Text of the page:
Now Municipal Bonds are Even More Attractive for California Investors
Taxpayers are losing out on $323 billion in state and local tax deductions
Before 2018, taxpayers itemizing deductions could deduct the full amount of state and local income taxes (SALT) from their federal returns. As a result of the 2017 Tax Cuts and Jobs Act (TCJA), the itemized deduction amount for SALT paid is now capped at $10,000 per return for single filers, head of household filers, and married taxpayers filing jointly.
Residents of high-tax states, such as California, are expected to feel the most pain from the new law.
How much pain? $323 billion worth, according to a report just released by the House Ways and Means Committee.1 Nearly 11 million tax filers, including almost eight million married couples filing jointly, are taking the hit. That’s almost $30,000 in lost deductions per return.
This is not just affecting the highest earners. The 2017 median California household income of approximately $70,000 faces a 9.3% state tax rate. Just a few thousand dollars of taxable investment income could push even this median California taxpayer above the $10,000 SALT limitation.
How can municipal bonds ease the pain?
Californians have always had a significant incentive to keep some of their income-producing investments in tax-advantaged securities, especially municipal bonds. The TCJA expands this by substantially limiting one of the taxpayers’ largest sources for federal income tax deductions. Consider a California municipal bond yielding 3.2%. Figure 1 shows for the median California household of $70,000, the muni bond yielding 3.2% now equates to a taxable equivalent yield of 4.7%, assuming a worst-case scenario of no SALT deductibility. For households facing higher California tax rates, the taxable equivalent yield can grow to 7% in the same scenario.
Figure 1: California Municipal Bond Taxable Equivalent Yields
Sources: Tax Foundation, State of California Franchise Tax Board. Past performance is not indicative of future results.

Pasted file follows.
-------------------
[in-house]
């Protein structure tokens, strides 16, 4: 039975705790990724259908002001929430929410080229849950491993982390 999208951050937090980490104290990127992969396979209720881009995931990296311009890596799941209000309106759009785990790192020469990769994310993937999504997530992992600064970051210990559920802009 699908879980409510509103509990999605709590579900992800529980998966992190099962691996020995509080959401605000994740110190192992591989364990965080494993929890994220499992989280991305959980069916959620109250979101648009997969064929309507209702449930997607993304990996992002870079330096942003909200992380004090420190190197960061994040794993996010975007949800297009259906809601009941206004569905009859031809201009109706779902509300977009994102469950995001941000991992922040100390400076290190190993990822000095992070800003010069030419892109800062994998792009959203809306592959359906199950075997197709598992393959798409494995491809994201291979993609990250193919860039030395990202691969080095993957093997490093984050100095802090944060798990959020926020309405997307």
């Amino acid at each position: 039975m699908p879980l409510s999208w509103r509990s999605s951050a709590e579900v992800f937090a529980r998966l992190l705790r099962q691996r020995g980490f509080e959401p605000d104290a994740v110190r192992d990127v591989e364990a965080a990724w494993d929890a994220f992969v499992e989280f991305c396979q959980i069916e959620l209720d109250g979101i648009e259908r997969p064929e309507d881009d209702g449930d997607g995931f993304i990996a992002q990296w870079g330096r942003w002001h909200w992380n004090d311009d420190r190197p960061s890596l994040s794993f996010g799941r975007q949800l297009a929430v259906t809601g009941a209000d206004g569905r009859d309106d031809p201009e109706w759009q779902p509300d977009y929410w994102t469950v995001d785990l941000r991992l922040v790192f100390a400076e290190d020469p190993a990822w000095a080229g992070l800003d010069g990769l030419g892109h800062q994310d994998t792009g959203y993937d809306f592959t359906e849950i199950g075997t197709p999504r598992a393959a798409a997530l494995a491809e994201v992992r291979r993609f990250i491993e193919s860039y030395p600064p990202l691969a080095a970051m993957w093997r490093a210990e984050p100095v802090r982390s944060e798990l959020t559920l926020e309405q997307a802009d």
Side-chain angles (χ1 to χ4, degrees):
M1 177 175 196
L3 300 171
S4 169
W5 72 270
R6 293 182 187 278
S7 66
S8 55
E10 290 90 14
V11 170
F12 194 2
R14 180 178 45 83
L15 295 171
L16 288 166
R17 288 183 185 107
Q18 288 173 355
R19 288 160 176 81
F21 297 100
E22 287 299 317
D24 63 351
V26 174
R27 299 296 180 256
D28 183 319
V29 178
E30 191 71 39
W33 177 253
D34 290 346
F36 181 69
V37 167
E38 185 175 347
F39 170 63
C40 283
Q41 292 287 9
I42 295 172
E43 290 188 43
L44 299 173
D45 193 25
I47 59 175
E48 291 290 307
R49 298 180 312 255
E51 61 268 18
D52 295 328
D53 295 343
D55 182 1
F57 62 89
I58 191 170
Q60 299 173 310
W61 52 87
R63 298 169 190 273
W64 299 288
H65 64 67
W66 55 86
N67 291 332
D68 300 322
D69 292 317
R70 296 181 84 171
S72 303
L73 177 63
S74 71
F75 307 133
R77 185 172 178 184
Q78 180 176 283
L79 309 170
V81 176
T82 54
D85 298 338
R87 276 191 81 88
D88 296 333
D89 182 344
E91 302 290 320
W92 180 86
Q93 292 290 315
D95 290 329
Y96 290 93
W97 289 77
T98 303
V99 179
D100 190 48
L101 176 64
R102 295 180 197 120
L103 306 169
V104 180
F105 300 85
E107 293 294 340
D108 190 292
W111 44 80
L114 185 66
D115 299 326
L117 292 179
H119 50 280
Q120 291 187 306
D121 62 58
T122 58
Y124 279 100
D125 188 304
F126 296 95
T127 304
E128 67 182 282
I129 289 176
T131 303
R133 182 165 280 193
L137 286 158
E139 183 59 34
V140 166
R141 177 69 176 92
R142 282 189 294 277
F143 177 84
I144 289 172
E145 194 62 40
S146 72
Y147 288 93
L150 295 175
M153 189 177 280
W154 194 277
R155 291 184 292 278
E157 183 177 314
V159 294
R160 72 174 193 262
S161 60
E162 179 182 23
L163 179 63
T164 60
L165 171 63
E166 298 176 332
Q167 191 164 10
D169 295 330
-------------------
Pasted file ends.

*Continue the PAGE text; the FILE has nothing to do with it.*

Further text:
Meanwhile, the average taxable investment-grade corporate bond yields 3.9%. That’s 80 basis points (0.8%) less than the tax-equivalent yield of the municipal bond we were discussing. It’s not difficult to see that many Californians can keep substantially more of their investment income by shifting at least part of their fixed income portfolio to tax-exempt California municipal bonds.
Municipals offer higher credit quality than corporate bonds
Take another look again at Figure 1. To match the tax-equivalent yield of the California municipal bond, an investor buying fully taxable corporate bonds needs a yield significantly larger than the average investment-grade bond (the dashed line). This means taking on more credit and default risk, which investors have been doing in search of pre-crisis income levels.
Figure 2: Credit Quality — U.S. Municipal vs. Global Corporates
Sources: Moody’s as of 2017. Tax Foundation, State of California Franchise Tax Board. Past performance is not indicative of future results.
Figure 2 shows that investors can help manage this additional risk by increasing the percentage of municipals in their portfolios. Simply put, municipals offer higher credit quality than corporates. Over 75% of US municipal bonds outstanding are A+ rated or better; only a tiny portion are below investment-grade. In contrast, less than 5% of the global corporate bond market is at least double-A rated, and nearly half is below investment grade.
Municipals also offer lower defaults compared to higher-rated corporates